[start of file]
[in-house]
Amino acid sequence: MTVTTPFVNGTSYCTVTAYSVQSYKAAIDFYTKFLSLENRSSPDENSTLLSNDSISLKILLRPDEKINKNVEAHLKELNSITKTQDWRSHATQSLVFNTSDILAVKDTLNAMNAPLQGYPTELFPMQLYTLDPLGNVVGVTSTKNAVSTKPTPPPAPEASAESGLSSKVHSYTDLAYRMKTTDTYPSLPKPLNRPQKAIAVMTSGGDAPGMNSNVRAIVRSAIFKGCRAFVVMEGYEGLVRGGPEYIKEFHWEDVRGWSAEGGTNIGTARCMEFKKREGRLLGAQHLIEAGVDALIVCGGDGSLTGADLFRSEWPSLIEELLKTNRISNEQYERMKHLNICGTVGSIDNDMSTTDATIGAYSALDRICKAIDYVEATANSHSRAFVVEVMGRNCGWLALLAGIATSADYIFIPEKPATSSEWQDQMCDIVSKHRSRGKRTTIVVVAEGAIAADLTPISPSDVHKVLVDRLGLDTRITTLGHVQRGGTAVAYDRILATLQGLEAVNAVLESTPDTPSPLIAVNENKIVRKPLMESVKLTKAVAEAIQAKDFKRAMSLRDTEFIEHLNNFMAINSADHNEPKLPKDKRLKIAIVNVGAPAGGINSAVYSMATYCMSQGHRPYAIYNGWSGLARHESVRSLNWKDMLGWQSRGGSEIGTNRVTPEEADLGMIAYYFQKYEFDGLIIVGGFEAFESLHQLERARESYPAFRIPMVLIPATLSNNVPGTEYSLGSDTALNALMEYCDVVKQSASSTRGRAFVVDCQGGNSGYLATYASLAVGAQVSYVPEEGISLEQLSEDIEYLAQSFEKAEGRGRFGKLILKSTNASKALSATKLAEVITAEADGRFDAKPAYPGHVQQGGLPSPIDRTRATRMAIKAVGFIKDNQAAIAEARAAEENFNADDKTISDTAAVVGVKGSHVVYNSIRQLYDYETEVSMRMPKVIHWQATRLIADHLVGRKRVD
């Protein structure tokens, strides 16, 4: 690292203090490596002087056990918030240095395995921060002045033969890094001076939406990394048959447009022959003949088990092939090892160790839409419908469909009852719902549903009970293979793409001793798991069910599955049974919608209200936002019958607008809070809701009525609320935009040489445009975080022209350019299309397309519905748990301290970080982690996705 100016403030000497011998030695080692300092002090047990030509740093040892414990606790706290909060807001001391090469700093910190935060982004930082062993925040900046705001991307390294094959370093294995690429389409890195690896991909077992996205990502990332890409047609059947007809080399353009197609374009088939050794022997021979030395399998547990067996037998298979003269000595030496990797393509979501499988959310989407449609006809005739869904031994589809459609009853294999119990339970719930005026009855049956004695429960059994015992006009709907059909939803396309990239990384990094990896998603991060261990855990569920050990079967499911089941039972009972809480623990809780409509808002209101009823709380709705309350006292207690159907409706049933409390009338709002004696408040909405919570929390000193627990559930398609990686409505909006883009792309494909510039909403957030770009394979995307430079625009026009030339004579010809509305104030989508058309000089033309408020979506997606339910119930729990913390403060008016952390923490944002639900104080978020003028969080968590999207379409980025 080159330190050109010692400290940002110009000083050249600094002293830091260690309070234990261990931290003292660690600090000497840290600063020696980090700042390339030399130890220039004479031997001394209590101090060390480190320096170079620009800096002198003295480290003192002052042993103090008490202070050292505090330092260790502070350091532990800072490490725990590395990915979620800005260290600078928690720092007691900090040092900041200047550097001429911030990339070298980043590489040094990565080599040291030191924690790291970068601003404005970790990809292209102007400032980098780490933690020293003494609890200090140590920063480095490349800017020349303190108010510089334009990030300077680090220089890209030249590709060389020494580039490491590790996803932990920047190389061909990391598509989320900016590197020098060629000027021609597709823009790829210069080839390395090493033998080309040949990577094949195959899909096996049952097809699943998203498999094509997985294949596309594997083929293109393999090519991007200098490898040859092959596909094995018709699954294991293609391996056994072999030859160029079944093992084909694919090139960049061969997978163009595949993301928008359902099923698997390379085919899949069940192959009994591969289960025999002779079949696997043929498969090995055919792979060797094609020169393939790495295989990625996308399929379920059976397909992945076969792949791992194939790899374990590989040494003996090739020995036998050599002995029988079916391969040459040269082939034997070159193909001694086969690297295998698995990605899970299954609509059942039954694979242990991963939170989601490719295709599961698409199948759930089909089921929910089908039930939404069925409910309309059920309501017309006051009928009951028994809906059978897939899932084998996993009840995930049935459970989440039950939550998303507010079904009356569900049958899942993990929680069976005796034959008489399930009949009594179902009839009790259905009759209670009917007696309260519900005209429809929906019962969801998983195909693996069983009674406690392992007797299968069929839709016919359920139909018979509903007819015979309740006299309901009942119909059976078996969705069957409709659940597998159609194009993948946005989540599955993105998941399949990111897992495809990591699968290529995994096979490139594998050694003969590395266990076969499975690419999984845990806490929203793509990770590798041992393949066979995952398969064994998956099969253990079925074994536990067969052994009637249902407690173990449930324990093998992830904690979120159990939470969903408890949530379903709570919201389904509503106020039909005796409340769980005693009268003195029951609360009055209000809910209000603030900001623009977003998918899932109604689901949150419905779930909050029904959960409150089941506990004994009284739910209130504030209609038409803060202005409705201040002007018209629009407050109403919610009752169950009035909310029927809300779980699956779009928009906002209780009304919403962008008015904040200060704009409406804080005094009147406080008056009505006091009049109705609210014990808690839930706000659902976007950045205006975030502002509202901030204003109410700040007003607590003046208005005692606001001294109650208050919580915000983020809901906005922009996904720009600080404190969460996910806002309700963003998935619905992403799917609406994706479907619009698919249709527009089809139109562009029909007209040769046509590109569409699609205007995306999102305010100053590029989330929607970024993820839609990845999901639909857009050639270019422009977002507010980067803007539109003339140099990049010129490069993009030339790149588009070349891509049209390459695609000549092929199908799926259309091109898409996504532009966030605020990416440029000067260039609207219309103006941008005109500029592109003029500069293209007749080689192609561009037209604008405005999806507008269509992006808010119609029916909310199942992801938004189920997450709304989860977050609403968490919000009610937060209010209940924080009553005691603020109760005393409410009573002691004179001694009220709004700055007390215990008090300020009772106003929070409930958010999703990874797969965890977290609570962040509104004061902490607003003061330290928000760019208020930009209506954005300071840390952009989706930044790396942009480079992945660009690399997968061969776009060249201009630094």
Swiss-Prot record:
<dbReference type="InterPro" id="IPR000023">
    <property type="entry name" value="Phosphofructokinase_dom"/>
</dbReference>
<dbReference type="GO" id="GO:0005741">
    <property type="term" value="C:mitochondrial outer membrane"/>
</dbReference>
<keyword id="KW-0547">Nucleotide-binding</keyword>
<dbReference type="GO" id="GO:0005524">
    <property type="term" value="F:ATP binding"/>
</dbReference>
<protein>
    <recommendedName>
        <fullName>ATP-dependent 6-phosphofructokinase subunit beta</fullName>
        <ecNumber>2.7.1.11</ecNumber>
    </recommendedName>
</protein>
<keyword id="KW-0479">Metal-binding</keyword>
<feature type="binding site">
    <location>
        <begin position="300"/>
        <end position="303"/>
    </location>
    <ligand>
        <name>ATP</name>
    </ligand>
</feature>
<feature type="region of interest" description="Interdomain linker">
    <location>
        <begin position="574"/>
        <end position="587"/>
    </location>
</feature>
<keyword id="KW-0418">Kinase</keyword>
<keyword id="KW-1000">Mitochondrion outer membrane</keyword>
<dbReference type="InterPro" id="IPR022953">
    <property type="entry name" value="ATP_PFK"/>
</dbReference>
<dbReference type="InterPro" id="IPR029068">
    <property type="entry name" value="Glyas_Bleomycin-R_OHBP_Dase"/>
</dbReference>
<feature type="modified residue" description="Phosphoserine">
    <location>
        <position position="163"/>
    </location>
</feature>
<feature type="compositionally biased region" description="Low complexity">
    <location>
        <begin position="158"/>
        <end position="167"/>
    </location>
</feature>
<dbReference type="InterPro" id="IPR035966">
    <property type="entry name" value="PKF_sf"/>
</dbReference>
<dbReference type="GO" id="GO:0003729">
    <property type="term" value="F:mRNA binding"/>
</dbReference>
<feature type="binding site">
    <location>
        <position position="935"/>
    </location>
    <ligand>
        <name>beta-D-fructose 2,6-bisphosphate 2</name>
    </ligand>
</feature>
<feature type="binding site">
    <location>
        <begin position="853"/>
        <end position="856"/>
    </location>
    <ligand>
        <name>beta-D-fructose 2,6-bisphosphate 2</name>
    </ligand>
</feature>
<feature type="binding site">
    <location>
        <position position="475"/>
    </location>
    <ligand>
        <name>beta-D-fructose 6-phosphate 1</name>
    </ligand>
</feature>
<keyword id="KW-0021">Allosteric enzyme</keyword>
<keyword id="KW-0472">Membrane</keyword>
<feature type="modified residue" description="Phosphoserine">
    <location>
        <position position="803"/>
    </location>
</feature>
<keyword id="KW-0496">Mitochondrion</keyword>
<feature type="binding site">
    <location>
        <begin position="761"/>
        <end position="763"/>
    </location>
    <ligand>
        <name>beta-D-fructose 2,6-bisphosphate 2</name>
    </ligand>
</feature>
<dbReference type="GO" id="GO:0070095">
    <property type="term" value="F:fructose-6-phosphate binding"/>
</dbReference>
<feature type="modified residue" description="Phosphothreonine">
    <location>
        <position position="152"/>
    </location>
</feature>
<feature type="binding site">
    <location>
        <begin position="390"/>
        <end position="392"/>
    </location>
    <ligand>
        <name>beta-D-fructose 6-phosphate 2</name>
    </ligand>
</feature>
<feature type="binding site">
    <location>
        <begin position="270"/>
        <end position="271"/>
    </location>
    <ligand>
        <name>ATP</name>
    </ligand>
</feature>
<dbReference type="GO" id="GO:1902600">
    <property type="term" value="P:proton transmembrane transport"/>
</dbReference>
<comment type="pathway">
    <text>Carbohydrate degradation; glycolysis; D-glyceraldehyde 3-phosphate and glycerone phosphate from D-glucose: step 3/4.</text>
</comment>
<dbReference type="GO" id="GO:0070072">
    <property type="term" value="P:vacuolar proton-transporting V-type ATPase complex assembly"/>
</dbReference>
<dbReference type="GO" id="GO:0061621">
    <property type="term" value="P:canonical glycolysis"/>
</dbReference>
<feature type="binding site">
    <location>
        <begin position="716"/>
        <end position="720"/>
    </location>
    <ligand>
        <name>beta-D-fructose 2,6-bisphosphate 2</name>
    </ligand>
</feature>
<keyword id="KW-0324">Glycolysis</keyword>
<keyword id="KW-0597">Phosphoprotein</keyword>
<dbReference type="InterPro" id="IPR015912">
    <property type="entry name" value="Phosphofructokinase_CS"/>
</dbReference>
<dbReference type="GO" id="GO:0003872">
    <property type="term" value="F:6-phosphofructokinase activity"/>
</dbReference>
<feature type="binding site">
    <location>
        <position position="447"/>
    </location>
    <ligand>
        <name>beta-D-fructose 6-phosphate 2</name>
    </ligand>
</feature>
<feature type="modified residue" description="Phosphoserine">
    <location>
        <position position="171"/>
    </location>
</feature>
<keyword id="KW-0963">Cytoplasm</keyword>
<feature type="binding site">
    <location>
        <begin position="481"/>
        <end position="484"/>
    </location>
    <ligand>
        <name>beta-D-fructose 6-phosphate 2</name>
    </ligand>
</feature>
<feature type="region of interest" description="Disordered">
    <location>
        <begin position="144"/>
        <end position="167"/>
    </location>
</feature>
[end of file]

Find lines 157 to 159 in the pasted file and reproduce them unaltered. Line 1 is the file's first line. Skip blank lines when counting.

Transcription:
    <property type="term" value="F:6-phosphofructokinase activity"/>
</dbReference>
<feature type="binding site">